Found via SEO Round Table

The Institutionalization of Blogging

Trevor Cook is writing a fascinating conference paper titled Can blogging retain its revolutionary fervour? Trevor’s thesis is ‘that as the blogosphere matures it will increasingly come to resemble ‘traditional’ media.

Its an idea I’ve wondered about myself over the past few months. Some of Trevor’s observations are spot on the money as far as I can see – he could well be onto something.

His analysis reminds me a little of a workshop I once participated in on institutionalization of movements. The speaker had done extensive research into significant movements throughout history which started as very organic, grassroots, unorganized and fluid networks of people who almost always would slowly move towards institutionalization despite the best efforts of their participants to stop the process. His theory was that institutionalization is always inevitable. You can slow it down but not stop it (not without killing it). You can see spin off movements that might lengthen the life of the organic nature of what’s going on, but they too institutionalize.

I’m totally generalizing and summarizing what was a complicated and interesting session into a paragraph here (its Sunday night and I’ve had a hard day of eating good food, drinking wonderful wine and sitting in the sun – not thinking too clearly) – but I wonder if what Trevor is describing with the inevitable movement of blogging to becoming like ‘old media’ is something like the inevitable shift from a movement to institution.

More on the BlogAds Survey

In continuing my last post on the BlogAds survey – I thought I’d make a few other little observations – nothing too profound – just what stood out to me as I read through the result.

Probably the more interesting responses for me in this survey were:

92.1% of blog readers never listen to podcasts – 3.1% listen to 1 per week and 1.7% listen to 2 per week. Whilst there is a lot of talk and development in this area its still got a way to go. It’ll be very interesting to see the comparison between these results and those of this time next year – I’d suspect a substantial increase.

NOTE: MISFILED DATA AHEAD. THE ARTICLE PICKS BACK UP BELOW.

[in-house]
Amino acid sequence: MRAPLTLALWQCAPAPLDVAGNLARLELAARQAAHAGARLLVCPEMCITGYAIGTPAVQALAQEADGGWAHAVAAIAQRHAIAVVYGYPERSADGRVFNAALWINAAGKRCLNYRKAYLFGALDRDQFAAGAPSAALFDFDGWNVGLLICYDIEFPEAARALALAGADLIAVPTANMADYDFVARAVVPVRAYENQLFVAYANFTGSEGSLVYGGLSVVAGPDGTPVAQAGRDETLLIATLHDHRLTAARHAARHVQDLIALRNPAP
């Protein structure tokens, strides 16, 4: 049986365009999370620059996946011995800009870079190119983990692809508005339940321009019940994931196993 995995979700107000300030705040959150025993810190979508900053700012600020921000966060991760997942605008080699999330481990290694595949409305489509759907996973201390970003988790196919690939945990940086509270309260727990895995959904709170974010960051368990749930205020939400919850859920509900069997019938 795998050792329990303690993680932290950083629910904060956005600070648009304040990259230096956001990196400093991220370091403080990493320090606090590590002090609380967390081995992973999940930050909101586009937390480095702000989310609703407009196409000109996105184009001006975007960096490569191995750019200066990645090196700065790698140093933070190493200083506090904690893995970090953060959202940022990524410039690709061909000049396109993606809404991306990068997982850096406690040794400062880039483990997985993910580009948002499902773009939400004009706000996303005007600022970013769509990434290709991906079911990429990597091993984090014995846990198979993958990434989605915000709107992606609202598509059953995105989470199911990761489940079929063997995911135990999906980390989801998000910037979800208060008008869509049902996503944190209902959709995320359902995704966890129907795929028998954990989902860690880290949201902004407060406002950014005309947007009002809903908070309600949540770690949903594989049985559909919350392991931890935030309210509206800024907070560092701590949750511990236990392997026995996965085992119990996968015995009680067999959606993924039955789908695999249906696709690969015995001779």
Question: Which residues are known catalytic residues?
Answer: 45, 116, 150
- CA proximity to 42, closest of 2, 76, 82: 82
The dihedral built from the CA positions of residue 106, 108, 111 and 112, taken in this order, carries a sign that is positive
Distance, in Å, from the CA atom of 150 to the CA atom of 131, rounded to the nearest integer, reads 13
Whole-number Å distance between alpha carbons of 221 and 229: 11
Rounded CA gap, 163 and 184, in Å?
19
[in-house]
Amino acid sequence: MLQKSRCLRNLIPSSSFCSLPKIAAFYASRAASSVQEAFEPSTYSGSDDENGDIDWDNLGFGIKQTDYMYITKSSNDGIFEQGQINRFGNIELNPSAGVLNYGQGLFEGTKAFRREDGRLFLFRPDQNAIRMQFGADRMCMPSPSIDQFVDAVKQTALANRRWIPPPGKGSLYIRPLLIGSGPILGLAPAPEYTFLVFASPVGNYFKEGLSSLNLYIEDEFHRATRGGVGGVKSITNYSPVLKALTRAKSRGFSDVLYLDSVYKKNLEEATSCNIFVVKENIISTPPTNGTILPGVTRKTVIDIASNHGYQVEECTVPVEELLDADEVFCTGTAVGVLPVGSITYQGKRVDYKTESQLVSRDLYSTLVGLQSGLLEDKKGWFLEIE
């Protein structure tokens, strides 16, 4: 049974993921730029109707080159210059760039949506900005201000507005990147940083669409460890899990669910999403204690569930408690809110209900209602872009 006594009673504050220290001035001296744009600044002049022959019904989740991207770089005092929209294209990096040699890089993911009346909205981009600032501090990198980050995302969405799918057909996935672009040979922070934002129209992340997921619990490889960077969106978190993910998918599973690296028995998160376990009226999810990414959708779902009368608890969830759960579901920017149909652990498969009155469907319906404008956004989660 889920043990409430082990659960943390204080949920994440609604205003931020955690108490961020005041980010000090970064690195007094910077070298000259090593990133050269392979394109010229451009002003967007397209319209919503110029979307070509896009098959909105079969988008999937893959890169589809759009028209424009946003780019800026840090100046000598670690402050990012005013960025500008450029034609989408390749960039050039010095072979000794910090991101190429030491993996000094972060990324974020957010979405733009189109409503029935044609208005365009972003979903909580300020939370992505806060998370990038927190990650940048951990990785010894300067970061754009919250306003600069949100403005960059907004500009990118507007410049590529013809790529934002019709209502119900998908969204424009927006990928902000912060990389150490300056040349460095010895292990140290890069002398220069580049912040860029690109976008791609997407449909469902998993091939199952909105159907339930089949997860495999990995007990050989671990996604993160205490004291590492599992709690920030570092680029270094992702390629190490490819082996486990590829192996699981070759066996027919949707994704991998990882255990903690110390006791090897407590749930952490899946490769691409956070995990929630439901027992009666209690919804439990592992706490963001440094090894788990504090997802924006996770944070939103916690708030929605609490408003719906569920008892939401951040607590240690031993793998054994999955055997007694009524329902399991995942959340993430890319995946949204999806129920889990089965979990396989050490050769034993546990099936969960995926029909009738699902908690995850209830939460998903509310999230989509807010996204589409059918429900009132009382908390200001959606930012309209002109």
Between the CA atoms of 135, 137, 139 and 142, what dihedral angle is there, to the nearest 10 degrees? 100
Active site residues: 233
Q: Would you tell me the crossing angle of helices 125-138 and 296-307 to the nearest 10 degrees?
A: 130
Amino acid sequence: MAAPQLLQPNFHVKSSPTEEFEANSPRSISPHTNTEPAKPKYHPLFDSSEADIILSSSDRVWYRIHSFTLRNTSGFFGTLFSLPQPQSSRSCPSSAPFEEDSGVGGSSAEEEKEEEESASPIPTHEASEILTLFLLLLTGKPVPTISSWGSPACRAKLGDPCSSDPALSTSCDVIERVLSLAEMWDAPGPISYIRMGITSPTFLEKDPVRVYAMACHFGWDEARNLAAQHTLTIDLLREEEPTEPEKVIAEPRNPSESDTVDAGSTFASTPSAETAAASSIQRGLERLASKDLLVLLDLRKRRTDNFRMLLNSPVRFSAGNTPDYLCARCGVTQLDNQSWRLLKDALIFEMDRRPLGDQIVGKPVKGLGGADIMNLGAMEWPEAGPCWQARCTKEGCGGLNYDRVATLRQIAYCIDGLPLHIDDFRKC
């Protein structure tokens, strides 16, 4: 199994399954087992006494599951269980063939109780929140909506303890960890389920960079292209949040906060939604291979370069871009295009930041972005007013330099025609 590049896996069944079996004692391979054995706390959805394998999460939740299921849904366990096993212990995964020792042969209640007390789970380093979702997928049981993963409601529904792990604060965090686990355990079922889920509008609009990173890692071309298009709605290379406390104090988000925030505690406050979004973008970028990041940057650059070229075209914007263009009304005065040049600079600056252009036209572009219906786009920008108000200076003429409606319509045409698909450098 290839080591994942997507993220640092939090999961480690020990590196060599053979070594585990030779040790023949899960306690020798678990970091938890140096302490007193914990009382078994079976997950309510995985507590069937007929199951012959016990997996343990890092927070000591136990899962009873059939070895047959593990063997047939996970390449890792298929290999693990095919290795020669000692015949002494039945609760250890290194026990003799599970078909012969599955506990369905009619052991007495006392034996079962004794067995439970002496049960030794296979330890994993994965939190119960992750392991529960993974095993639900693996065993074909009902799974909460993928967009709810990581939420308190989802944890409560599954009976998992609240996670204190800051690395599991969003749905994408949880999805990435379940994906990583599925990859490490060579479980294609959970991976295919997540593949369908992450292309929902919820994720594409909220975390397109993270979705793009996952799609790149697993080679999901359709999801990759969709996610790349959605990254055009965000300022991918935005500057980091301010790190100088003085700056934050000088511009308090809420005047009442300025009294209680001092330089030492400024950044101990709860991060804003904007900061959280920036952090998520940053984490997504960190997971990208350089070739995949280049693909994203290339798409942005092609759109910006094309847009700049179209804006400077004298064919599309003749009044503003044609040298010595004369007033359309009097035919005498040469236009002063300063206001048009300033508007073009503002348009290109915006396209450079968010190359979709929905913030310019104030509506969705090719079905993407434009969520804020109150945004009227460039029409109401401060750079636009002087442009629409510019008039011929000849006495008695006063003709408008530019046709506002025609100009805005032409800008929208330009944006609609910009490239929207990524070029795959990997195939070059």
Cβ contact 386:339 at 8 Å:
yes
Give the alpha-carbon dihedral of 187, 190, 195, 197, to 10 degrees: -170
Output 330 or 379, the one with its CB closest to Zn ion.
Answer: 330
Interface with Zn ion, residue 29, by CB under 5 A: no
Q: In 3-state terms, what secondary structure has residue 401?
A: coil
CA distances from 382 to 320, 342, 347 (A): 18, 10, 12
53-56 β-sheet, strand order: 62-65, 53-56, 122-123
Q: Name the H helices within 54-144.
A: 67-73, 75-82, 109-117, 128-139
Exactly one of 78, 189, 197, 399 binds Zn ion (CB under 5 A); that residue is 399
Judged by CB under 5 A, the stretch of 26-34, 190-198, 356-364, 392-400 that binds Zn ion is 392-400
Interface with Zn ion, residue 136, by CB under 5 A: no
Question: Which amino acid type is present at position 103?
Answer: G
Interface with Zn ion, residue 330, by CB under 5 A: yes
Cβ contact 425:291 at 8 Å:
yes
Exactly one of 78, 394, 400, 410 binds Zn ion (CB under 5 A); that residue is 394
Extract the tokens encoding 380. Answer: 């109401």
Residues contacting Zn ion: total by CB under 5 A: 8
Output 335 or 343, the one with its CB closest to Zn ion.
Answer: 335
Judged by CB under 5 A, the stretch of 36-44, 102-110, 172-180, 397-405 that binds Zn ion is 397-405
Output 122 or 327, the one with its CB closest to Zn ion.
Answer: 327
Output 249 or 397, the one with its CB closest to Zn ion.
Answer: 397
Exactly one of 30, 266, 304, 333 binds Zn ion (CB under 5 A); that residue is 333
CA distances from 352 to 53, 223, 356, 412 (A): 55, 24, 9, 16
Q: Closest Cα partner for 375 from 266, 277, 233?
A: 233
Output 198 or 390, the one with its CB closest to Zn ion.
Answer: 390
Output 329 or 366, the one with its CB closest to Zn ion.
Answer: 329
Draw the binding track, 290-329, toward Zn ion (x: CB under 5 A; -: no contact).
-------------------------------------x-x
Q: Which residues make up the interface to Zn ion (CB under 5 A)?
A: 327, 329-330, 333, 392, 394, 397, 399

72.4% of readers never use RSS feeds. 16.5% sometimes use it, 7% often use it and 4.6% always use it. Again this is a technology that is yet to really hit the big time despite the hype about it. I’ve actually long suspected this as I look at the stats on all of my blogs which rarely get hit via RSS (except for this one which is gets quite a few – mainly I guess because its read by bloggers themselves).

– Whilst 16% of readers read blogs for around 10 hours per week – 38.6% of readers spend 5 hours or less. A further 33.8% spend between 6 and 10 hours per week, 14.8% spend between 11 and 15 hours and 12.7% spend over 16 hours per week reading blogs. So the vast majority (72.4%) spend 10 hours or less per week reading blogs (or under 84 minutes per day). Not sure why this interests me – perhaps it just depresses me as I can spend that much reading blogs 10 times over in a day! :-)

Blogads: reader survey for blog advertising.

Just running out the door for the day (its a long weekend here) but saw that Blogads have released the results of their reader survey for blog advertising. Looking forward to having a look through their results tonight. Adrants summarizes it as follows:

  • 75% are over 30
  • 75% are men
  • 43% have HHI over $90K
  • Most, 14%, are employed in education
  • 71% have signed a petition
  • 66% have contacted a politician
  • 50% (highest of any media) rank blogs tops in usefulness for news and opinion

So we’ve got middle aged, men with pretty decent wages who are politically aware/active…. Interested in what others are thinking about the results? What conclusions can we draw – what are the signs that we as pro bloggers need to take note of? I’m expecting ALL the answers here in comments below when I get home tonight! :-)

Read more at Adrants: Study: Blogs Reach High Income, Educated Audience